Friday 01 June 2012 by John Hyde
The Law Society will refuse to support an extension of the RTA portal until there are major structural changes to the system. The Society has warned the government it will be impossible to extend the portal to include employer and public liability cases.
In its response to the Ministry of Justice's call for evidence on personal injury claims published today, the Society argues the portal is 'just about capable' of dealing with the existing RTA claims load. That burden will inevitably rise if the government succeeds in raising the RTA limit from £10,000 to £25,000.
'There can be no assurances that the portal will cope with an additional major increase in use if employer's liability and public liability claims have to be made through it,' said the response.
'The existing structure was put together in a rush and, although its performance has improved considerably, we would not wish the same rush and risk occurring again.'
Justice ministers are believed to be keen on slashing the £1,200 maximum solicitor's fee for each case going through the portal. Based on a survey of personal injury firms, the Law Society found the lowest base cost of running an RTA portal case is currently £866.33. This is based on a median of 10 hours spent by claimant firms on each case.
The Society's response calculates that solicitors will have to earn £974.96 per case if they want a 10% profit, although this might not be sufficient incentive for firm owners to take on the risk involved in each case. It estimates a 20% mark-up, resulting in a £1,063.60 fee, would be the most appropriate.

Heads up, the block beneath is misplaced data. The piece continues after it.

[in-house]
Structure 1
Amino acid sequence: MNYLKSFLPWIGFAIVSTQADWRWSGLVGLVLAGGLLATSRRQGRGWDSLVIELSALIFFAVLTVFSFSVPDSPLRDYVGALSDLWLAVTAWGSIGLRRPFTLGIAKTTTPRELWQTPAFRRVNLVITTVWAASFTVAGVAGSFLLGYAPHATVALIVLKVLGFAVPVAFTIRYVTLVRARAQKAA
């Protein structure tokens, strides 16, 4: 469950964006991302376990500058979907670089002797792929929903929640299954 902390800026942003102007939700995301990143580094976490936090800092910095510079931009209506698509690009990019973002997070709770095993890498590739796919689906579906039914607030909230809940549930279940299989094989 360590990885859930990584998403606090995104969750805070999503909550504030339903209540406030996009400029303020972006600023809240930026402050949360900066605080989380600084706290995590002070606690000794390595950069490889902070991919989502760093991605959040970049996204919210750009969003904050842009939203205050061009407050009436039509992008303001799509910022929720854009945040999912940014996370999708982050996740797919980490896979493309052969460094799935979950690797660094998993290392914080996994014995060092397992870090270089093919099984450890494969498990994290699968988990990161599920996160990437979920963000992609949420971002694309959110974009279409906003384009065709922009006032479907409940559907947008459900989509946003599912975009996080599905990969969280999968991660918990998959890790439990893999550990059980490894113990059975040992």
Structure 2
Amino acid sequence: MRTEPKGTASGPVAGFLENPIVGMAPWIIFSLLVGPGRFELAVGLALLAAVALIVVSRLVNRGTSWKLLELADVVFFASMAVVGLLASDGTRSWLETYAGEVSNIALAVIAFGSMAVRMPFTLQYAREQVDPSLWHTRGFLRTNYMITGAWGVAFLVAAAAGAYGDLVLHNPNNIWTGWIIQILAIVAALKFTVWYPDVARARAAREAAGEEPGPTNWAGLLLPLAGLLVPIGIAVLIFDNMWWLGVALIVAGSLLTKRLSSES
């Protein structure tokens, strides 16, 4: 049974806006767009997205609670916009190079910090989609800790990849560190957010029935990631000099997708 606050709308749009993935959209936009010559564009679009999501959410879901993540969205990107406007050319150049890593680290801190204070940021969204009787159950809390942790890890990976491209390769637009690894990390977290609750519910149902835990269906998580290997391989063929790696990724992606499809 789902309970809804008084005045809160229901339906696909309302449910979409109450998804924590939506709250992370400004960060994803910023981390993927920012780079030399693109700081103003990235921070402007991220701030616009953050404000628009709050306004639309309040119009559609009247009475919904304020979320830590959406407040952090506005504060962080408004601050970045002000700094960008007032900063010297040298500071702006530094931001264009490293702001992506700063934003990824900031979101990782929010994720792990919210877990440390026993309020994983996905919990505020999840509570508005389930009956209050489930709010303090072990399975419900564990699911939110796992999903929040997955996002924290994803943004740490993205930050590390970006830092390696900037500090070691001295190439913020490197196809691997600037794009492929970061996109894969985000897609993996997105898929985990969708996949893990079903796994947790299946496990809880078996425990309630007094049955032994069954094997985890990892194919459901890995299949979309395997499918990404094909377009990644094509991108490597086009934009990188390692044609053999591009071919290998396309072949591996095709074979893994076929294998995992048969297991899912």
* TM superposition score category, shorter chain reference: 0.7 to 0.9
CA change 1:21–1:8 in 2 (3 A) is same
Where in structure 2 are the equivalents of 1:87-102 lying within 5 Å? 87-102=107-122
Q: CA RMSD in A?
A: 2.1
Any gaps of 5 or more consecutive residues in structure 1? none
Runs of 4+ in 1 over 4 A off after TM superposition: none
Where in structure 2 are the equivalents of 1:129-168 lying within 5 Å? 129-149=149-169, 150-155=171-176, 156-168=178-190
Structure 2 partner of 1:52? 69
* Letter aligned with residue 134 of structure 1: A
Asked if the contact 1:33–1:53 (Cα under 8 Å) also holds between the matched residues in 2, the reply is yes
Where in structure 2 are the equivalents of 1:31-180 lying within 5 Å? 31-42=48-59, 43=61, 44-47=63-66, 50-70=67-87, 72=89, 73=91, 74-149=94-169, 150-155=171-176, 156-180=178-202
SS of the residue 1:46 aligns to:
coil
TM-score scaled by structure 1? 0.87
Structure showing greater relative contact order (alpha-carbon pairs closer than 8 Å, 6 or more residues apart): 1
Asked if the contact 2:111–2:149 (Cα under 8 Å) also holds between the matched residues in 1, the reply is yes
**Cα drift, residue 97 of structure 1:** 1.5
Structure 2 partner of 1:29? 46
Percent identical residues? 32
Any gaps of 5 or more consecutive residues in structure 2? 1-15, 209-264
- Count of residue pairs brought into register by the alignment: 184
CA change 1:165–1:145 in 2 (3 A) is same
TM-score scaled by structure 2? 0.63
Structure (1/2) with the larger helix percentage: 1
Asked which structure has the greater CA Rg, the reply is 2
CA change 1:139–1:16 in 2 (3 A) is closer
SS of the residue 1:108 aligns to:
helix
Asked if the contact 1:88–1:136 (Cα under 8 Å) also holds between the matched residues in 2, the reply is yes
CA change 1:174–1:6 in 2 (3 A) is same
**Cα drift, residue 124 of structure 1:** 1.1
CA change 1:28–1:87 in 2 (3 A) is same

The Society points out that, in real terms, guideline hourly rates have already reduced by 7% since 2010 - with the savings directly benefiting insurers. The response also questions how easy it will be to extend the upper limit of claims in the portal.
According to the Judicial Studies Board guidelines, the range of damages for minor brain damage is £10,000 to £28,500, whilst orthopedic injuries at this level are likely to require more than one medical report.
The whole process for higher-value claims will incur more time and costs - on average cases between £10,000 and £25,000 take 24 hours - and the Society states this must be reflected in the fees payable.
The Society also recommends the 15-day limit for insurers to respond to claims should be retained. It added that insurers not responding in time is the most common reason for cases dropping out of the portal.
The MoJ said it will publish a response to the consultation this summer.